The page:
ERIC Number: EJ876151
Record Type: Journal
Publication Date: 2010-Mar
Reference Count: 0
Reforming Teacher Pay
Burns, Susan Freeman; Gardner, Catherine D.
School Administrator, v67 n3 p15-20 Mar 2010
A recent Google search for information regarding performance pay in education produced 6.1 million results. This number should come as no surprise given the current level of interest in incentives as a popular reform option in public education. Supporters believe pay-for-performance programs encourage less effective teachers to improve and will reduce teacher turnover. However, clear challenges exist. Most notable is the difficulty of monitoring teacher performance. Critics also contend that individual performance awards may negatively affect the collaboration among professionals that is essential to teaching, particularly if the award structure sets up teachers competing against one another for bonuses. Despite the relatively thin knowledge base around the design, implementation and operation of performance pay in education, a few key ideas are emerging as school districts put in place pay-for-performance plans and researchers evaluate those efforts. This article discusses six key elements that emerge from research around performance pay: (1) the importance of nesting a performance pay program in a district's larger reform agenda and aligning it to key district priorities; (2) the need for effective communication about all aspects of the initiative; (3) the need for stakeholder involvement; (4) the need for stable funding streams and meaningful awards; (5) the importance of multiple, well-defined performance measures; and (6) the importance of well-managed and well-maintained data systems.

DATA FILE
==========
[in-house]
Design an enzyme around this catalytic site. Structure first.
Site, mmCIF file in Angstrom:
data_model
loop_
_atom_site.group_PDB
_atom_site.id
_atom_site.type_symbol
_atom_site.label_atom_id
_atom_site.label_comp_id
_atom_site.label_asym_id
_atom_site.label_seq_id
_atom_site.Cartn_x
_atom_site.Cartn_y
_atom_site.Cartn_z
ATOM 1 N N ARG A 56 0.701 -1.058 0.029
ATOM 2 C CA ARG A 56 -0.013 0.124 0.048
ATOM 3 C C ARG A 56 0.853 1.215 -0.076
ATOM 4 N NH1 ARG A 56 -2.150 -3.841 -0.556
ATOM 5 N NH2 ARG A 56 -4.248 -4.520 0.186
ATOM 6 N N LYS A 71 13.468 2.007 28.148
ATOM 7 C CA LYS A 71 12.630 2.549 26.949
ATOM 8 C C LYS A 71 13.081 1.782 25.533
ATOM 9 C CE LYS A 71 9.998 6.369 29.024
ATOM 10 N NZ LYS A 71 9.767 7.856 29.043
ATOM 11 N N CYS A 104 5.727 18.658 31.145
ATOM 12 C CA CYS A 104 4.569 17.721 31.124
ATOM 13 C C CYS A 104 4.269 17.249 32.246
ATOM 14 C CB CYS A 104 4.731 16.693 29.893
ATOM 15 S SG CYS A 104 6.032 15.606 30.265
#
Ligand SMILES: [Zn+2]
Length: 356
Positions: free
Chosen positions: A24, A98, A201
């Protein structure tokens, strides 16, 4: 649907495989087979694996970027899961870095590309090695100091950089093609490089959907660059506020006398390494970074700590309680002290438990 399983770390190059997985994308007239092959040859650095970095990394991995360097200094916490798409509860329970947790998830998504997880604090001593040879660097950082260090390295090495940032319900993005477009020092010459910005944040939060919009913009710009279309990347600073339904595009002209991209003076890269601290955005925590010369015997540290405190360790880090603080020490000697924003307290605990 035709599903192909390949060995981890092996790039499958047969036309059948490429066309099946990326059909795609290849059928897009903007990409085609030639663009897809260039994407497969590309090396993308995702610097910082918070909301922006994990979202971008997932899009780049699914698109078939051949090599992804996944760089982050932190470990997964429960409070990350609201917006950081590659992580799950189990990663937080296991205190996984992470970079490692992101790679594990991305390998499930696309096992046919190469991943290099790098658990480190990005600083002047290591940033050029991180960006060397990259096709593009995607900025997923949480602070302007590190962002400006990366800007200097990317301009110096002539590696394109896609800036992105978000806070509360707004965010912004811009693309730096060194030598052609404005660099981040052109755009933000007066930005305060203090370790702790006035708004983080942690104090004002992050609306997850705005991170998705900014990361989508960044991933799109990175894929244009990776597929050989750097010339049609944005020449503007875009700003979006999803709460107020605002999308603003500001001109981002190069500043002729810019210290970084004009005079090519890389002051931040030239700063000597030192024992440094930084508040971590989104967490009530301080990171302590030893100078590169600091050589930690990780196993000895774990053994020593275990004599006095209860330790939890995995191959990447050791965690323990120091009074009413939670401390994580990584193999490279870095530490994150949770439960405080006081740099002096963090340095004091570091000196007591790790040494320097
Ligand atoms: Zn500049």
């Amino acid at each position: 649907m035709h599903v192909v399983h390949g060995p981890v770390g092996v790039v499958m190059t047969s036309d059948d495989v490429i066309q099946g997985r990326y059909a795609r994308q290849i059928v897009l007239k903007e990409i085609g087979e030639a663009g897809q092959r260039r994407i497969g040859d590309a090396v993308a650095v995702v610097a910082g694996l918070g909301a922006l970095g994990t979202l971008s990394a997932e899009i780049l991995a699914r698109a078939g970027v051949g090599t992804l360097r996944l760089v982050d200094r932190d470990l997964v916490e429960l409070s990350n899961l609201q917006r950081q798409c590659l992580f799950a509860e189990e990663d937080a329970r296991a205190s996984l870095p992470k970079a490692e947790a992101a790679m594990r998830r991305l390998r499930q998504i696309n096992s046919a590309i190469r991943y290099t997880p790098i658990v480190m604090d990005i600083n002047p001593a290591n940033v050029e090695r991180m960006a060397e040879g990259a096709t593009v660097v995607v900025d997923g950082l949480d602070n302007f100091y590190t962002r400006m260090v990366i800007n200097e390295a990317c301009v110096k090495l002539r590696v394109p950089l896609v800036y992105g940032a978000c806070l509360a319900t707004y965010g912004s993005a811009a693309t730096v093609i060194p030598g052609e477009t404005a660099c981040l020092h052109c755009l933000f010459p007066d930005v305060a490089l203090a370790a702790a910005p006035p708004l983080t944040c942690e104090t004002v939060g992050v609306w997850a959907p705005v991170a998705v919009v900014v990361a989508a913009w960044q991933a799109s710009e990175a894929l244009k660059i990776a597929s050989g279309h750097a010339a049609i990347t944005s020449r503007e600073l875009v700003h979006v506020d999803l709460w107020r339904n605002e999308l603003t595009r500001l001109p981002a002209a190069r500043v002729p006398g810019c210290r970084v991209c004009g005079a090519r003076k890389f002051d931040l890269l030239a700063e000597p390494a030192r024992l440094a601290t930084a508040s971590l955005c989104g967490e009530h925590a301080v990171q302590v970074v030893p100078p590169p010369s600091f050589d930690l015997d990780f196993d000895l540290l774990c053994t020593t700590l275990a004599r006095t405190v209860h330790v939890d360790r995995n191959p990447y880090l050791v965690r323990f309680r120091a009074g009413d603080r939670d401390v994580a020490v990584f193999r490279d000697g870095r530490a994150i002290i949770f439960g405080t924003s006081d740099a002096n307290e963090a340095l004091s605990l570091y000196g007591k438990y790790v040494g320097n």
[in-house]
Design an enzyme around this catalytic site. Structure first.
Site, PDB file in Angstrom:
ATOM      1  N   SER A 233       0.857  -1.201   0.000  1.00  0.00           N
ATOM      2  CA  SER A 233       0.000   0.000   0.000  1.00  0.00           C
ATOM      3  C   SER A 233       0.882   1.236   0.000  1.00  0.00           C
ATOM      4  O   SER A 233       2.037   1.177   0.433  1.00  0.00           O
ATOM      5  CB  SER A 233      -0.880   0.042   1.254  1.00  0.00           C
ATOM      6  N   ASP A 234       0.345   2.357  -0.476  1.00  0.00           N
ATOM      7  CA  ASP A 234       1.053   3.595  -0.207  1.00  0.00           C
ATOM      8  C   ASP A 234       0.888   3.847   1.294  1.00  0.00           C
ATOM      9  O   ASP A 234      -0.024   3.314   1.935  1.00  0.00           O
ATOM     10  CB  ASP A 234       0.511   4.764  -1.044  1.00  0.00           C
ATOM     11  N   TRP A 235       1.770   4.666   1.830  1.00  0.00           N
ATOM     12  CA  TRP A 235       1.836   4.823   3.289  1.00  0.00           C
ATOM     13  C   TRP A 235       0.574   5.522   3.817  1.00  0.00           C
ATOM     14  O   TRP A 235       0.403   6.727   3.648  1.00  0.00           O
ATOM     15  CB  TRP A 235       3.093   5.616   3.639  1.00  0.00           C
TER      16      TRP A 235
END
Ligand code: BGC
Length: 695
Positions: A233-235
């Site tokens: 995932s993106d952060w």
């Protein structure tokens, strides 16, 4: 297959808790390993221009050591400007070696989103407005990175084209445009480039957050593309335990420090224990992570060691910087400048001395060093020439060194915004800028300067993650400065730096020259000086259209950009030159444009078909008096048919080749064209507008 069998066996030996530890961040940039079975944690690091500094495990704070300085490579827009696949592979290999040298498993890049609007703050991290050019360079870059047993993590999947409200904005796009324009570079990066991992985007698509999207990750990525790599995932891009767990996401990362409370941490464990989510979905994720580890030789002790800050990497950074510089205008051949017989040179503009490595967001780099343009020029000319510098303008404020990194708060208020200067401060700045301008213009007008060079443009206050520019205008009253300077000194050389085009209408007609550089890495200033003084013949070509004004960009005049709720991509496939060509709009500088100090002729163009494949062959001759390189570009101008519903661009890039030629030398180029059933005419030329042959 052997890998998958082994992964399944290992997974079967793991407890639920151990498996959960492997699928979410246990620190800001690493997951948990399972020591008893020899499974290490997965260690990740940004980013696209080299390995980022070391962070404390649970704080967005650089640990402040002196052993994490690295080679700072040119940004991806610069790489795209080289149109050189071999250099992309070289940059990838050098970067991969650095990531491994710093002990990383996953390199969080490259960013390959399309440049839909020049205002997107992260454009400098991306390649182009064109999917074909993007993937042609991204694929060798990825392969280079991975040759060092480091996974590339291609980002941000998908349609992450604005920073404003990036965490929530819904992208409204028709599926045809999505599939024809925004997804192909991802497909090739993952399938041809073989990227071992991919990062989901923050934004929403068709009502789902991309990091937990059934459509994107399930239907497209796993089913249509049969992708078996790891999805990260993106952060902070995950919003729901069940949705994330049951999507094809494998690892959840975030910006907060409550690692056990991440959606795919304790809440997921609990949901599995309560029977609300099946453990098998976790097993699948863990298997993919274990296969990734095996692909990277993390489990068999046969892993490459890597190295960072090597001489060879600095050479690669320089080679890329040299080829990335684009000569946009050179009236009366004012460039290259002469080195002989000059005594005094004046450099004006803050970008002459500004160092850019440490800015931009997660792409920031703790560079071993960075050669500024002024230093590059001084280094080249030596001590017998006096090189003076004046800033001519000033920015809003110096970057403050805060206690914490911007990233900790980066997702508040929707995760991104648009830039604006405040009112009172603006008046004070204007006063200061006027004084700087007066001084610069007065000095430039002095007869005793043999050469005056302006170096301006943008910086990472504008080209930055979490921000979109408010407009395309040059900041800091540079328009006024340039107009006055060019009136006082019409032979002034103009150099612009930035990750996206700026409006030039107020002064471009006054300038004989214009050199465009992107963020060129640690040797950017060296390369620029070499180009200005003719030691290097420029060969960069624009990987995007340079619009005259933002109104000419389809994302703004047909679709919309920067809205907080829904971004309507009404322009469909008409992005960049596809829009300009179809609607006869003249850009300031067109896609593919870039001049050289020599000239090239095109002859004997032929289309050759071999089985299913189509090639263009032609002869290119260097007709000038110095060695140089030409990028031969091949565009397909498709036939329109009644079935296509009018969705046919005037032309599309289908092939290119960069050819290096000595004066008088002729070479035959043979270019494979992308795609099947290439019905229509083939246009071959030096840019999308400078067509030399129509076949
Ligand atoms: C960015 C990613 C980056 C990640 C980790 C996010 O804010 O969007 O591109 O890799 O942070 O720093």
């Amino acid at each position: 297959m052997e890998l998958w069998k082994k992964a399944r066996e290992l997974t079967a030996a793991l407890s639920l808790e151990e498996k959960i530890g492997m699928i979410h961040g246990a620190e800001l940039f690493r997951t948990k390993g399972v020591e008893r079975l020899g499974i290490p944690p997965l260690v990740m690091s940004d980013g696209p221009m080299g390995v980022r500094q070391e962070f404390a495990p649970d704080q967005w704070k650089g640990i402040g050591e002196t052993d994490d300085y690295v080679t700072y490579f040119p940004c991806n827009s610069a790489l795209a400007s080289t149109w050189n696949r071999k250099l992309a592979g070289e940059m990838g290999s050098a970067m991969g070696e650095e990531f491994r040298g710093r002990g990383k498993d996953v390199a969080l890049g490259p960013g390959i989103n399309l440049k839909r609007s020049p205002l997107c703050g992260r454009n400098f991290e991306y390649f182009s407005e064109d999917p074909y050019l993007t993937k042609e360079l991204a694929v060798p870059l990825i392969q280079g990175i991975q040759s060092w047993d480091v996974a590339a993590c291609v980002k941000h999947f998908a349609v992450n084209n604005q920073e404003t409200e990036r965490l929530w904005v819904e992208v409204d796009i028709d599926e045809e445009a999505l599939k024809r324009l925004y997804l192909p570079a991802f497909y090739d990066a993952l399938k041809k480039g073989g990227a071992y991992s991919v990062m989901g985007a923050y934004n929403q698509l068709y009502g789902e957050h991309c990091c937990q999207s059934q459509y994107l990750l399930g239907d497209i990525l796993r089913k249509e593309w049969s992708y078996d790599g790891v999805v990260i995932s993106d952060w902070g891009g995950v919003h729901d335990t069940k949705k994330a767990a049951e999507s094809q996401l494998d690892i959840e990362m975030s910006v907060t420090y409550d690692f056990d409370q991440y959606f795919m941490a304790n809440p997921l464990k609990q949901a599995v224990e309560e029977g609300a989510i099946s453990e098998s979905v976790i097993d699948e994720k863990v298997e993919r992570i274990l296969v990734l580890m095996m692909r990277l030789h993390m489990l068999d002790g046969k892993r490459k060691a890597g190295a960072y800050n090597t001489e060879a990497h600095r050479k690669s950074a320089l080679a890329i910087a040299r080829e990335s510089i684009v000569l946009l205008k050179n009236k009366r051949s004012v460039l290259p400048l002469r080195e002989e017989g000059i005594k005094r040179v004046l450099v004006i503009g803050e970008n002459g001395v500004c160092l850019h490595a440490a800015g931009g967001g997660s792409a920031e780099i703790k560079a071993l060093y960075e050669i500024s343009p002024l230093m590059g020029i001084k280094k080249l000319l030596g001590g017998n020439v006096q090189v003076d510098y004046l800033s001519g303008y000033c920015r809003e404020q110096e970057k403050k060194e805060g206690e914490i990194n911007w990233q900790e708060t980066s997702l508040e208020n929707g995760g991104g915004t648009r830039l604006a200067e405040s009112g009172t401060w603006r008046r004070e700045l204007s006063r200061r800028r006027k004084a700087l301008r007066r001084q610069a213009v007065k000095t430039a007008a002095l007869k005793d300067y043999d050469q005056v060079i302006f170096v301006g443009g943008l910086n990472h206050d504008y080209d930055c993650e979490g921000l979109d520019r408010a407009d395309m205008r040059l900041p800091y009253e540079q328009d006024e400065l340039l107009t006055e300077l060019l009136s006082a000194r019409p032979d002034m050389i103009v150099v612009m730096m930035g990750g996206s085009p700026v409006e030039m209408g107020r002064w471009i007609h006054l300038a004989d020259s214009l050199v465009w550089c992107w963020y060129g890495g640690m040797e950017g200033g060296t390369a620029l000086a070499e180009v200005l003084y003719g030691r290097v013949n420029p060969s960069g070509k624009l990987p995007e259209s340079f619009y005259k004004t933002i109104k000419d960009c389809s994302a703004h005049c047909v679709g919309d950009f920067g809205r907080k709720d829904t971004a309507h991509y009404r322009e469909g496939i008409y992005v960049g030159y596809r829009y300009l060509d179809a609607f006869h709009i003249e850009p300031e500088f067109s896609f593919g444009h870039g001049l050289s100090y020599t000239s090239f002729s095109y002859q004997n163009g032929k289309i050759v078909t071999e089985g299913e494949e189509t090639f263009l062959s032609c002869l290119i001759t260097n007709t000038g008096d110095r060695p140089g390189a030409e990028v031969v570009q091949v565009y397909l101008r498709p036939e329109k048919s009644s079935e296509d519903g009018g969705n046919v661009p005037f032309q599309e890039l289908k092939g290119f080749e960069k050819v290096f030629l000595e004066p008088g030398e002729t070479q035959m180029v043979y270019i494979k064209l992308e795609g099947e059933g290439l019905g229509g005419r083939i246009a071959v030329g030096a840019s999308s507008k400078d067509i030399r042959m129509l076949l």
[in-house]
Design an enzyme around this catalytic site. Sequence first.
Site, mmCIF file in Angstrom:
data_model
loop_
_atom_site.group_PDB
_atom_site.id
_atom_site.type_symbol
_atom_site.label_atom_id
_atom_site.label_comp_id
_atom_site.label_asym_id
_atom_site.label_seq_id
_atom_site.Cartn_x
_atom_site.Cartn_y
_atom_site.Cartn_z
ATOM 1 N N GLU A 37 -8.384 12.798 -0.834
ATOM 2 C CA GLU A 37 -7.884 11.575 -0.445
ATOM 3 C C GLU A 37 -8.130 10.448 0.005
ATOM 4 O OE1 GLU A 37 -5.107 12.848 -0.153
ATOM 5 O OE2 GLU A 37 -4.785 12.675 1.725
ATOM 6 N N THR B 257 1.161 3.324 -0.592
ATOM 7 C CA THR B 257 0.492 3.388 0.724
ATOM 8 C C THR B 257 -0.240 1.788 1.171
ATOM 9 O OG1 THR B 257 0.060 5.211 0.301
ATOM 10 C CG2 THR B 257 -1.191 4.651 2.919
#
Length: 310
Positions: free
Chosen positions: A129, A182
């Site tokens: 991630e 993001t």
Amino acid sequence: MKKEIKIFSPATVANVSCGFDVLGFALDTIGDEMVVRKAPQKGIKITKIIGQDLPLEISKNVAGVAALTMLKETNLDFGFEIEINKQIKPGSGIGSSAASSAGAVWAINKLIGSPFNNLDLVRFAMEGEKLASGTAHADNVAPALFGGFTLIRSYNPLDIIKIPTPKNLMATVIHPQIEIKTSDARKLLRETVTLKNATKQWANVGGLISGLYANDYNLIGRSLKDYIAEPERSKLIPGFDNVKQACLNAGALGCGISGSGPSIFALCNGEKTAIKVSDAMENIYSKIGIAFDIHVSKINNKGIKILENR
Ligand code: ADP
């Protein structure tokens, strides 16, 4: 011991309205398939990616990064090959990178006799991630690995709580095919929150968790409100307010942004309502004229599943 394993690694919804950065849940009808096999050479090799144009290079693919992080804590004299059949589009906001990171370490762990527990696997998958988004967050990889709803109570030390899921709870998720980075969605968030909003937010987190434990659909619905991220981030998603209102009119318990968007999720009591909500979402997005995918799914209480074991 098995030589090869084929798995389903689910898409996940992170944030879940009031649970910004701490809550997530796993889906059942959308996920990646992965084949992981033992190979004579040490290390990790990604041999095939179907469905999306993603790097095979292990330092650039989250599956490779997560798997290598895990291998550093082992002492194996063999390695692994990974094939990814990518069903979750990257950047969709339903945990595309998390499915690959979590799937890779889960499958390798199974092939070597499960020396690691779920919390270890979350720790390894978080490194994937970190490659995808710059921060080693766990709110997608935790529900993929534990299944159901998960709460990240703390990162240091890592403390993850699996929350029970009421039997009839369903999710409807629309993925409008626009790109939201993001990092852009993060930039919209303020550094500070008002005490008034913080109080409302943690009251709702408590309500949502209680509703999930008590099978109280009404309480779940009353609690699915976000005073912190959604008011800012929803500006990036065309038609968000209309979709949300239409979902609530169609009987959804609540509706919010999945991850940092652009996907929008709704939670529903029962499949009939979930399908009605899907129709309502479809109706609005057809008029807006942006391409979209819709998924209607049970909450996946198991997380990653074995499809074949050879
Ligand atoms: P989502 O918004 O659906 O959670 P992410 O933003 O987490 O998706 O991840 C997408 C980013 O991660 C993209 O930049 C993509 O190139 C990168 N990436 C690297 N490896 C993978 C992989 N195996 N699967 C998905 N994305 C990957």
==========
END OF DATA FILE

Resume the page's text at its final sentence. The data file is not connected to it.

Descriptors: Teacher Effectiveness, Awards, Educational Change, Teacher Salaries, Compensation (Remuneration), Incentives, Program Development, Program Implementation, Merit Pay, Merit Rating, Performance Factors, Program Effectiveness
American Association of School Administrators. 801 North Quincy Street Suite 700, Arlington, VA 22203-1730. Tel: 703-528-0700; Fax: 703-841-1543; e-mail: firstname.lastname@example.org; Web site: http://www.aasa.org
Publication Type: Journal Articles; Reports - Descriptive
Education Level: Elementary Secondary Education
Authoring Institution: N/A